June 29, 2012

City Boy

Overview:They met once, one from the city and another from the countryside.

He was a city boy. I was a country bumpkin. We never should have become like this.

"I love how quiet it is," he said.

I looked at him and lost myself in his green eyes, forgetting that he was not meant for this. He was meant for bigger things, for wearing a suit on the top level of a New York building, for driving a red Corvette down the streets of L.A., for flirting with girls in strapless dresses and high heels at a five-star hotel party.

Not this; not my rustic accent, not the smell of cut grass and manure and freshly baked apple pies, not the endless expanse of plains and trees and nature, not the runs over to the river and the naps on the hay, not the secret meetings behind the barn.

We met on a mild summer day when he pulled up and said he was lost. We were both 18 years old. The lack of city lights and squished houses of city life made him uncomfortable. I said, "Come in fer a drink and I'll give ya the directions." He looked hesitant. All city folks do when they come up. They live in lies, crimes, and suspicion. We live on instincts and faith. "I'm not gunna kill you and take your money, relax. Never experienced some country life b'fore, have ya?"

He came in and we talked. And talked. The sun had set and he looked up and groaned, "Oh, bloody time…I haven't even found a roadside inn yet. Do you—"

"Just stay here tonight. I'm sure mah old man won't mind."

We looked at each other and knew what was going to happen.

We snuck out at midnight to the river bank and fell and laughed and stared and couldn't get away from each other. This happened every summer he had come back to visit.

His lips were chapped and rough and he knew much more than me as he slipped his tongue in my mouth and easily took control of me. "This place is beautiful," he murmured onto my skin.

I was breathless and panting and his hand slid all over my body. "Then stay," I mumbled, thinking he wouldn't have heard. When he froze, I knew he did. My heart almost stopped.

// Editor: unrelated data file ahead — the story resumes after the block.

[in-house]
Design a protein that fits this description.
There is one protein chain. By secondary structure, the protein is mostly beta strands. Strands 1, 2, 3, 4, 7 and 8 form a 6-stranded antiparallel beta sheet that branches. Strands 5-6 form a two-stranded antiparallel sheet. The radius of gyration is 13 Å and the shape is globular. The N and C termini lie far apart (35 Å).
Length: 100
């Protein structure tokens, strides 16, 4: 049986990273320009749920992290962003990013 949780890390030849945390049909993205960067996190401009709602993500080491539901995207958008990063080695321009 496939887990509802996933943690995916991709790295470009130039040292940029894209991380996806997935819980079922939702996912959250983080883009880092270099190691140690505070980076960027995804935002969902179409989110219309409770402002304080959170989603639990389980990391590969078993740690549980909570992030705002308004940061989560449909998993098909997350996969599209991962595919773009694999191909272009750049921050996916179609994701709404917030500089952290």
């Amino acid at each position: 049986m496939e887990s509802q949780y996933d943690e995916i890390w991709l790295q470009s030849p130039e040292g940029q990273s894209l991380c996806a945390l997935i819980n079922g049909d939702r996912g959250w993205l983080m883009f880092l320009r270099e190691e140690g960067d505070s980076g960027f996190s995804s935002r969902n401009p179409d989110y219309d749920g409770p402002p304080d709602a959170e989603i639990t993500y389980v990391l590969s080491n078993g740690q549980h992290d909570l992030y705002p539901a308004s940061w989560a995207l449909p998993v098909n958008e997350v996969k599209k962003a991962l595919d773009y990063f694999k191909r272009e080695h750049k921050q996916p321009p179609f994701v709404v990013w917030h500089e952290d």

"Al, you know I can't." He held himself up by his arms, palms on the grass by the sides of my head. Looking into his serious eyes, I knew it was a mistake. I didn't want to hear the regret in his voice. I didn't want to see the sadness in his eyes. I didn't want to feel the guilt and borderline pity from his touches.

We didn't speak and he kissed me again: slow, languid, and full.

His hand slipped under my clothes and a strong desire overtook me. I shivered and squirmed as he laughed softly, trailing his palm over each inch of my rough skin, in contrast to his softer, smoother hands.

We became a panting mess of hushed groans, whispered nonsense, and tugs of pleasure. After what seemed like an eternity and yet was also just a mere second, it all ended. Breathless, he lay beside me in the grass, wet with dew. Eyes shut, trying to catch my breath, I felt his mouth against my neck as he murmured, "Come with me…to the city."

I didn't reply, only ran my fingers through his messy shock of hair. We lay there until the sun came up and he cupped my cheek, gave me a long look, and kissed me lightly.

We didn't say good-bye, didn't say "see you later," didn't hug.

As I lay there, tears trickled down the side of my eyes, tickling my ear. I stayed there for a long time, possibly too long. The whole time, I wondered if he had cried, too. I hoped he did, because then at least it'd mean he felt as horrible as I did.

We shouldn't have met, shouldn't have become that close. He was a city boy; I was a country rustic. We couldn't leave either of our drastically different lifestyles for the other. We shouldn't have become like that.

I never saw him again, never heard from him. That was, until six years later, when a postcard came in the mail for me, with only two things scribbled on the back in his meticulous, cursive writing:

17 June

I stared, my heart pounding like those times his skin touched mine, my legs and hand shaking.

We met on a mild summer day when he pulled up and said he was lost. I would wait for him on the empty dirt road as he pulled up in his old Acura, shades on his pale face. Every summer since we met, on the seventeenth of June.